The impulse to incorporate industrial, "proletarian" elements into housing even for the well-to-do sprang mostly from the influence and authority of Charles Edouard Jeanneret, a Swiss-born artist and architect who worked primarily in France. Jeanneret, or "Le Corbusier" ("the crow") as he styled himself, was immensely influential, and in and around Paris he designed specimens of mass housing for the urban proletariat (for others, too). His goal was famously to build a "machine for living," i.e., rationally planned housing which would offer a more humane life to its inhabitants than the often squalid housing (think Dickensian) that had developed organically out of earlier styles.

IV. Context: The Case Study Houses.

In January 1945, the editor of Arts and Architecture Magazine, John Entenza, began a program of building and publicizing a series of state-of-the-art modern houses designed by first-rate architects (Eames, Ellwood, Koenig, Jones and Emmons, Neutra, Saarinen, Soriano, and Wurster, to name a few). The series ran through 1966 and was responsible for producing those breathtaking glass and steel boxes which, thanks to Julius Shulman's brilliant architectural photography, many today take to be the iconic images of modern "contemporary" architecture.

The Case Study House (CSH) Program was intended to generate answers to the postwar housing shortage by encouraging architects to experiment with relatively cheap industrial materials with the goal of seeing what might turn out to be exciting to the public while still feasibly buildable. Exciting they were--too daring for the average client--, but these one-off designer houses were in fact not cheap to build because new materials, even if industrial, forced contractors to go through a costly process of learning a new building vocabulary.

The CSH Program fertilized the Eichler designs, giving them a crisp, modern feel. But if you put an Eichler house next to a CSH, you'll see they're different in important ways, most notably, perhaps, in that Eichler houses often unashamedly feature wood, whereas the CSHs are pretty uncompromising in their use of glass and metal. Eichler thus toned down the stark CSH look in order to attract a wider field of buyers while exploiting the advantages of wooden post-and beam construction.

V. Eichler the builder.

Eichler began building in 1949, following the famous (and conventional) Levitts with their Levittowns in New York and Pennsylvania but working alongside and continually glancing at the CSH Program. He quickly abandoned a flirtation with prefabrication and aimed at the demographic of people excited by the custom work they saw in magazines and willing to come up with a bit more money to buy a tempered form of it (as they put it, they were aiming at people with upper-middle class tastes and lower-middle class incomes).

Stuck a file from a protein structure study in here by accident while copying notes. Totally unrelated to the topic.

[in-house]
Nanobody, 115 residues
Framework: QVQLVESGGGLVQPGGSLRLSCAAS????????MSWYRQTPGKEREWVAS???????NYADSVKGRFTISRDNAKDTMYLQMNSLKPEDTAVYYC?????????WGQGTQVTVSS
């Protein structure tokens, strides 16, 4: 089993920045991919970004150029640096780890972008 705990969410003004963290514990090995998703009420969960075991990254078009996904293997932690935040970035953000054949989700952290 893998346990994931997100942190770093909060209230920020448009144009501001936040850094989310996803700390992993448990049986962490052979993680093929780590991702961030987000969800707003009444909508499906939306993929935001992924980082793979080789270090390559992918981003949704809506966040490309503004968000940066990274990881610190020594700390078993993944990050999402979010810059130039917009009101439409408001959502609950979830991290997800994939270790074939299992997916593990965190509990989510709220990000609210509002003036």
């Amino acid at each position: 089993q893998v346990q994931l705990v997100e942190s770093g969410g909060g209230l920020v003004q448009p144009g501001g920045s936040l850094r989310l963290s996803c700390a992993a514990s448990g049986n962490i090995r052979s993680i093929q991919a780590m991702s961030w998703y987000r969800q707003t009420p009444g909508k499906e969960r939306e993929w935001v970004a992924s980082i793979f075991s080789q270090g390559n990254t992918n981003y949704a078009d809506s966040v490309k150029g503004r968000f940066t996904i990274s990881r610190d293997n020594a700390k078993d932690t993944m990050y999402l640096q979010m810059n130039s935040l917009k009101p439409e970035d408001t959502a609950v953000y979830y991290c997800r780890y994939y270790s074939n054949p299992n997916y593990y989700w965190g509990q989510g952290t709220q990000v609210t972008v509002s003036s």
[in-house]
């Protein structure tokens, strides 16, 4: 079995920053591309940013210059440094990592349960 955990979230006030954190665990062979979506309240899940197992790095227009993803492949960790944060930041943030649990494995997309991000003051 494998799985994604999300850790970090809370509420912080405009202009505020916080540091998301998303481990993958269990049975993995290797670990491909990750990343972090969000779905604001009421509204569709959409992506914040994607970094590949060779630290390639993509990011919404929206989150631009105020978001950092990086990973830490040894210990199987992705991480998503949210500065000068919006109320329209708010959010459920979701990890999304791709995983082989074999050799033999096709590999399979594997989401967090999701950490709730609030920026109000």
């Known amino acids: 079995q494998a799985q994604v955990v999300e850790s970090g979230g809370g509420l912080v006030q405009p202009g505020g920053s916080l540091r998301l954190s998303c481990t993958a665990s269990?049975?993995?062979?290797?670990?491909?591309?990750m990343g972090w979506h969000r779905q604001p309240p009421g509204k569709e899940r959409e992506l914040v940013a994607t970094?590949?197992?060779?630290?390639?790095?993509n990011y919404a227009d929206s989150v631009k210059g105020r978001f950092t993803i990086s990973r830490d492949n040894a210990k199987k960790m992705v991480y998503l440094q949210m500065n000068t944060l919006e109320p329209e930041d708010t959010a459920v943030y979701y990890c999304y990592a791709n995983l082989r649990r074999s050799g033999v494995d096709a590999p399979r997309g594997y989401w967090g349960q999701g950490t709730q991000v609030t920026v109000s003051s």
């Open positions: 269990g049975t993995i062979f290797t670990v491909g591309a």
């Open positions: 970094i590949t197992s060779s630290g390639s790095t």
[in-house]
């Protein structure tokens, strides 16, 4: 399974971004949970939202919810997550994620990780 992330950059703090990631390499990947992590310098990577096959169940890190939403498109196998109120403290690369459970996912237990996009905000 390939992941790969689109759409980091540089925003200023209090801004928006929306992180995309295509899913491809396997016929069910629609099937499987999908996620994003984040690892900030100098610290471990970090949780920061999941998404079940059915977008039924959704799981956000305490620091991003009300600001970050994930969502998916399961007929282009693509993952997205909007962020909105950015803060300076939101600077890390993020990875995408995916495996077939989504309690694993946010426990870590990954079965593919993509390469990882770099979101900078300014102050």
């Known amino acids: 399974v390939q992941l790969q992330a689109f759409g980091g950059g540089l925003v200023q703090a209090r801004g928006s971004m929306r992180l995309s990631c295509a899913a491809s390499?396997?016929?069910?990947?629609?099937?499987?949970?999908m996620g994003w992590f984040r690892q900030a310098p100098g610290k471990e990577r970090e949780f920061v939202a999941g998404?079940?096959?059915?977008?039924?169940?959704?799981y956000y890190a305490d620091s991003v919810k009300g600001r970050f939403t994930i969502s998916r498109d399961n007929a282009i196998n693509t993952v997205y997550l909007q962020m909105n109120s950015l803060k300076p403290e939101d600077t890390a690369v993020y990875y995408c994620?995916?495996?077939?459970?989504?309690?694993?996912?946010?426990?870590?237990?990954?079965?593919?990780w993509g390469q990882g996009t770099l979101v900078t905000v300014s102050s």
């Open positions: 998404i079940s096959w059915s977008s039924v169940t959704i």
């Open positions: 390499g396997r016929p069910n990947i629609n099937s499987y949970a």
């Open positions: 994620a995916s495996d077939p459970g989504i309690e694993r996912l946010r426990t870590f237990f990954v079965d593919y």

For reasons suggested above, Case Study-style houses were not feasible for the mass production in which Eichler was interested. In the classic era of Eichler houses, he successfully walked a narrow line between making some compromises (to make the whole project feasible at all) and drawing the line on non-negotiables like architectural integrity.

Toward this end, Eichler hired name architects who developed intriguing house plans which duly exploited mass-building techniques. These nevertheless carried with them a high grade of the feel conferred by the CSHs while tempering the starkness of the latter by raking (slanting) at least portions of the roofs, visibly employing wood in roofs and to frame glass panels and doors, and playing more with open air courtyards, atria, and clerestory lighting than with entire walls of sheet glass (though photographs suggest that a nearly all-glass backyard wall was common).

Eichler's first architects were the San Francisco firm of Anshen and Allen, and soon thereafter (in about 1953) he hired the Los Angeles firm of Jones and Emmons (who would produce a 1961 CSH). A few years later they also hired Anshen and Allen alumnus Charles Oakland. All three firms worked with Eichler to his death in 1974 (the last house, in Palo Alto, was by Oakland). Eichler worked continually--one might even say 'meddlingly'--with his architects to improve his product, even in mid-construction. Architect Quincy Jones used to go to finished houses in a subdivision he designed and ask for feedback from the new owners in order to improve the houses still being built.